On Hot Seat, Violet Gonda has an exclusive interview with Farai Maguwu, the Director of the Centre for Research and Development (CRD), who has been investigating human rights abuses at the Chiadzwa diamond fields. Maguwu was forced into hiding after police raided his office, his house and arrested and assaulted some of his relatives last week. He handed himself in to Mutare police and was immediately arrested. Maguwu accuses the Kimberley Process (KP) monitor to Zimbabwe, Abbey Chikane, of setting him up, as a result of a confidential meeting the two had about the ongoing militarisation of the diamond fields.This is an edited version.
VIOLET GONDA: Explain the chain of events that resulted in you having to go into hiding.
FARAI MAGUWU: I received an email from Abbey Chikane requesting to meet me on his second visit to Zimbabwe and I duly agreed to meet him on Tuesday 25 th of May. I went to meet him at Holiday Inn and to my surprise, there were a lot of suspicious people sitting in the lobby. Others were standing outside. I discussed with him our observation in Marange, especially issues of continuing human rights abuses, illegal panning and smuggling of diamonds without the KP certification. The following day, the government alleged on TV that Chikane’s emails had been intercepted and his itinerary had been ‘drafted by the Americans.’ The following morning, around half past nine, a truckload full of men in suits pitched up at my door, armed to the teeth. As they advanced towards my door, I slipped through the window. I felt like they wanted to do a Ken Saro-Wiwa on me so I went into hiding.
GONDA: Is there any understanding as to why exactly they were (or are) after you?
MAGUWU: They charge that I gave Chikane a State Security document which was drafted by the army and that this was prejudicial to the State.
GONDA: Did you do this?
MAGUWU: I did not. Chikane himself mentioned this document and asked me about its contents. I told him that I had not seen the document hence it was hard for me to comment on something I had not seen. Little did I know that that meeting was a way to set me up so that Chikane could create a story out of it.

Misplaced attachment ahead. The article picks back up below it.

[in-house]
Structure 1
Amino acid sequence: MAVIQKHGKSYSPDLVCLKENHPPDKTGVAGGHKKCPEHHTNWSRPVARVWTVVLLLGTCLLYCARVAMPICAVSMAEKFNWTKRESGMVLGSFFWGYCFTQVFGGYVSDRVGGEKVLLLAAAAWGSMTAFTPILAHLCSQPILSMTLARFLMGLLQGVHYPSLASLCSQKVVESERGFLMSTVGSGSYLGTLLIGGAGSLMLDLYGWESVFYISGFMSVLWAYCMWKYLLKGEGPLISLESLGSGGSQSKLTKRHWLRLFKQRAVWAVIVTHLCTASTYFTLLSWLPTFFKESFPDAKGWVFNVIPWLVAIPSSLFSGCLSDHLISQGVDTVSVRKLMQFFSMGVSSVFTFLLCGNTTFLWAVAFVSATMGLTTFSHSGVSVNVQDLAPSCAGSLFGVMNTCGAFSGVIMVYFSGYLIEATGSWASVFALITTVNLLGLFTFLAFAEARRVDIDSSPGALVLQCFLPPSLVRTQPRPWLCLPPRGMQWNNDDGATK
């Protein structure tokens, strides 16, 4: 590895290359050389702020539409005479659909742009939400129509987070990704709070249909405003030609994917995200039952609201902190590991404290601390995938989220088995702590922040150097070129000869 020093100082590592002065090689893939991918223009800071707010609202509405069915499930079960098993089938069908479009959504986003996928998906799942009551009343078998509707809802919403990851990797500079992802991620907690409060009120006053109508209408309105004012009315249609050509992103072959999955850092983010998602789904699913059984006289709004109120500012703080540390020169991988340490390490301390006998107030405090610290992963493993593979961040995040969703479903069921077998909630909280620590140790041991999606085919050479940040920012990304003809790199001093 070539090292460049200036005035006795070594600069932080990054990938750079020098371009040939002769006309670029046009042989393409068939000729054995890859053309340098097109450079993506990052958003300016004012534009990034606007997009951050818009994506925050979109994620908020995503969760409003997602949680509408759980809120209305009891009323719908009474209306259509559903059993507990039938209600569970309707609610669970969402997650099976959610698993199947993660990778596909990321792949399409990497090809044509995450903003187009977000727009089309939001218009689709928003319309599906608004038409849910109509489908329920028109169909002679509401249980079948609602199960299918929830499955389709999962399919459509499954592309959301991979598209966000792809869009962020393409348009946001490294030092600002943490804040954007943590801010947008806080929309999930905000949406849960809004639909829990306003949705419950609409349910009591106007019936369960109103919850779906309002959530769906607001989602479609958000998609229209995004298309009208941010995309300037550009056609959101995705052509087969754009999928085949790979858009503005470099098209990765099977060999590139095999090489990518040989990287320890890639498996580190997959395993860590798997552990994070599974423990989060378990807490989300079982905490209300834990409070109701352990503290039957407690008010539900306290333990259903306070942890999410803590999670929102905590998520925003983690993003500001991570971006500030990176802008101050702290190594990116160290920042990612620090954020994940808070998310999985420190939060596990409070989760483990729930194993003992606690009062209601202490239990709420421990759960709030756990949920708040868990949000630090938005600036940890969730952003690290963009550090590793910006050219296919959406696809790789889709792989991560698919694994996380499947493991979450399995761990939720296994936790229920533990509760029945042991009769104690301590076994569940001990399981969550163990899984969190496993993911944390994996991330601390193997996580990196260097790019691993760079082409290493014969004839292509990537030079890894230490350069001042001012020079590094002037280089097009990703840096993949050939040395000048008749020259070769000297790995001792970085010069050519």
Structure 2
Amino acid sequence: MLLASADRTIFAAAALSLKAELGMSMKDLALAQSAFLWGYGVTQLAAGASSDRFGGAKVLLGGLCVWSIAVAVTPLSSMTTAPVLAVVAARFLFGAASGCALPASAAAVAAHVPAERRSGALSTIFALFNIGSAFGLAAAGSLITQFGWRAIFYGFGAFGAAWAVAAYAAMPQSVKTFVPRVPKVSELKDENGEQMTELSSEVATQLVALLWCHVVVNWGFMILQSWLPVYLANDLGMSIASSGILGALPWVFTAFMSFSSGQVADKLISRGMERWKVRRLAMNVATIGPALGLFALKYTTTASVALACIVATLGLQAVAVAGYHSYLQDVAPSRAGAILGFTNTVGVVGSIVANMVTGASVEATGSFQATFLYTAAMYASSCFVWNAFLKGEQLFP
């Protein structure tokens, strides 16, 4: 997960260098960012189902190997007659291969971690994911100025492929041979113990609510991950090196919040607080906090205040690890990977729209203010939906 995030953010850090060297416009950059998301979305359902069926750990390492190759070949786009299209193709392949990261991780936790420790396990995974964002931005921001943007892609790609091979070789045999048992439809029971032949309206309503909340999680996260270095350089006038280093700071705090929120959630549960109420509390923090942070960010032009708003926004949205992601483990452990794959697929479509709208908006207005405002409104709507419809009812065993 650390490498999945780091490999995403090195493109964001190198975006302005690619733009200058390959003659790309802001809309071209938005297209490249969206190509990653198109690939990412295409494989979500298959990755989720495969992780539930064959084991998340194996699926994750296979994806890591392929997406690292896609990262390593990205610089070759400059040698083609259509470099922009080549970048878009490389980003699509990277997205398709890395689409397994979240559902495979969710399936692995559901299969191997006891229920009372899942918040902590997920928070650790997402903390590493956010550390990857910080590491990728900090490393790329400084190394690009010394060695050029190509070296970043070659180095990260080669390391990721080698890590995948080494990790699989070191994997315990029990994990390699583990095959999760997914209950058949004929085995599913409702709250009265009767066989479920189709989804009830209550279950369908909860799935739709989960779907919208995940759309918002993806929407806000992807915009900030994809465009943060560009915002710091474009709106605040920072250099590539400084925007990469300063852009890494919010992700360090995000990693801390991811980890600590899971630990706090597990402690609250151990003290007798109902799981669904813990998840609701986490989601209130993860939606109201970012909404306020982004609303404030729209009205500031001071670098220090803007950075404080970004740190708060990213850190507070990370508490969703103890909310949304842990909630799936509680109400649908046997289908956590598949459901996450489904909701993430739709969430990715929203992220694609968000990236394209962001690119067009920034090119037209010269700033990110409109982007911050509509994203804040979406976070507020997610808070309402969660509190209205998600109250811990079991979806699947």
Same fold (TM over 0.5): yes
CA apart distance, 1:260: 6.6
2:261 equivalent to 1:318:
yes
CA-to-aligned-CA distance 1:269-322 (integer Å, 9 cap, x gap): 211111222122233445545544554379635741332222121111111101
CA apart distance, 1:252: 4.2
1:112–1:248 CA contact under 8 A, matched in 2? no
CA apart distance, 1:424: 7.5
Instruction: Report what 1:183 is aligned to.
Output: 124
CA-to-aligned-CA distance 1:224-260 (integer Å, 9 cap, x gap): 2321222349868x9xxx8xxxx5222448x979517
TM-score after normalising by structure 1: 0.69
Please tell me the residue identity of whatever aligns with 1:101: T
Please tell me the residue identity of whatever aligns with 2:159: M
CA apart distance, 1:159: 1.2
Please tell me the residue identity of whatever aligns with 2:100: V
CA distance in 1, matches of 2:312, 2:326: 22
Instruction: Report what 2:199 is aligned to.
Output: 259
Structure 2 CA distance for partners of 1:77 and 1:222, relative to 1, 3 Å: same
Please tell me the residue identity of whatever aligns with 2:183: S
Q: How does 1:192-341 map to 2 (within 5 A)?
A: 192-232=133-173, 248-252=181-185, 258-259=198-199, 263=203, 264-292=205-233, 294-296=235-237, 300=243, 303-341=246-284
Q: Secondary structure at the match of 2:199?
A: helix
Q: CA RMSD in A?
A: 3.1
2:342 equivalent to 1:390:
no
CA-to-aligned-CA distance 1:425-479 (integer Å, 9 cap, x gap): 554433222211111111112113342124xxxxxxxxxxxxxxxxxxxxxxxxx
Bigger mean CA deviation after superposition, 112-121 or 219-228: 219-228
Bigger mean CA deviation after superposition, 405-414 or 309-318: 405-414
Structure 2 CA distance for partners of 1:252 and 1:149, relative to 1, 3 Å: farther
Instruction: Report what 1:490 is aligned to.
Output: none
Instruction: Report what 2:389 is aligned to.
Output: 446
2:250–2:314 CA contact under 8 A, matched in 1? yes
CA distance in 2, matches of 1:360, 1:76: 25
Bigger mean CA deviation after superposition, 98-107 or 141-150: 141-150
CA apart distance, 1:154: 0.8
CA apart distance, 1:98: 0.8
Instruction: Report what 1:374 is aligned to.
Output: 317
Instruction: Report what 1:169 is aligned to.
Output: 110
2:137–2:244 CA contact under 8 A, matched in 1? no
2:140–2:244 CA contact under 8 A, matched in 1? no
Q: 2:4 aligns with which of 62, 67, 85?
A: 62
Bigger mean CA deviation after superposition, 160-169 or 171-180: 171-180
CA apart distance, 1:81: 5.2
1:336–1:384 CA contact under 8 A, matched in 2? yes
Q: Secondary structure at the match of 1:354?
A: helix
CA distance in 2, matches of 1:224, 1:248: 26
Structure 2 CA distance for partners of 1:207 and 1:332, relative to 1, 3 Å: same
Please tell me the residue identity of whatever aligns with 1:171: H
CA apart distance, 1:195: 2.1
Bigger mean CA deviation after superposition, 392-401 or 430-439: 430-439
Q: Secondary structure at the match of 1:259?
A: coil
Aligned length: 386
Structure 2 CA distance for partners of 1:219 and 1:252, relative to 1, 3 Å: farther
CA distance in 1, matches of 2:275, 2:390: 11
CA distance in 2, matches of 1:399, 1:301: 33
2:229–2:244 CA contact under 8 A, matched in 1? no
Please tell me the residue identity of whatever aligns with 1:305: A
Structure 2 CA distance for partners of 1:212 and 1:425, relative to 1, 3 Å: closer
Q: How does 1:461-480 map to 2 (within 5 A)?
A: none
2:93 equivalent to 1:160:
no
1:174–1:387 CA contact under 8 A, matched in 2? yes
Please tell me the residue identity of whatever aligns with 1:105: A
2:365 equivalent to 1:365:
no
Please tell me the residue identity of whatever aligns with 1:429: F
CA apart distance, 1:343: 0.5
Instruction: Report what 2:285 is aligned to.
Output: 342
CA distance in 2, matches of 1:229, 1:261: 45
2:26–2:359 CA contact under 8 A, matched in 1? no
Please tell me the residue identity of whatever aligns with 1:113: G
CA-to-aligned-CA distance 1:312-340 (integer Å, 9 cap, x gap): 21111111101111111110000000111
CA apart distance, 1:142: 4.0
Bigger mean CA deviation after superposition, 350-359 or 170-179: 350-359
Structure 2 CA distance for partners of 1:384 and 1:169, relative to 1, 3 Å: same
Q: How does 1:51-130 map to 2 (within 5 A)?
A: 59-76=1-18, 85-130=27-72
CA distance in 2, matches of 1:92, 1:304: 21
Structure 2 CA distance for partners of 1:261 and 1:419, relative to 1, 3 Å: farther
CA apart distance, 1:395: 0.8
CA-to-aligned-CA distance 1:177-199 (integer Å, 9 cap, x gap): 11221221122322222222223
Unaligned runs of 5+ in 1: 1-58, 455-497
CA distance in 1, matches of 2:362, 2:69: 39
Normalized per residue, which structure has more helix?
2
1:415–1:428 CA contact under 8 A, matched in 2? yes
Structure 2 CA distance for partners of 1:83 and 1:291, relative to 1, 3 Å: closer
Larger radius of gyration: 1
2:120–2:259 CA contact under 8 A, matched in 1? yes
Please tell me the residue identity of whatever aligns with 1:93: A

GONDA: Are you accusing the Kimberley Process monitor of setting you up? Why would he do this?
MAGUWU: He is now part of the gravy train. There must be something that is going on behind the scenes between Abbey Chikane and ZANU PF officials who are plundering the Marange diamonds. The Centre for Research and Development is a member of the Kimberley Process Civil Society Coalition, and this month we were due to travel to Israel to present our findings on Chiadzwa especially matters of human rights abuses, panning and smuggling. This setting up is meant to start a long legal battle that will keep me in the country and paralyse the operations of our organisation.
GONDA: What implications will what you are saying and what you are accusing the KP monitor of have on the KP and its relationship with civic groups in Zimbabwe?
MAGUWU: It’s going to affect the smooth running of the KP given that Zimbabwe is taking centre stage in KP issues since 2008 and now that this monitor had been appointed to try to resolve these issues and work with all the stakeholders in trying to help Zimbabwe to get this certification. The civil society coalition in the KP obviously is very angered by Chikane’s unprofessional behaviour. He may be forced to withdraw or halt his monitoring activities. Another monitor may have to be found who is agreeable to both the Zimbabwe and the KP membership.
GONDA: For the benefit of those people who do not know what your organisation does, can you tell us about it? What were your findings?
MAGUWU: The Centre for Research and Development conducts research and advocacy in the areas of human rights within and around the Marange diamond fields. We look at the issues of panning, smuggling of diamonds and what is happening in the town of Manica across Mozambique with regard to the Zimbabwe diamonds. When I met the monitor, I gave him a report titled “Porous Security at Canadile Zimbabwe.” I also gave him a report of the CRD which was produced in April about the escalation of human rights abuses in Marange where the soldiers were going around beating people at shopping centres.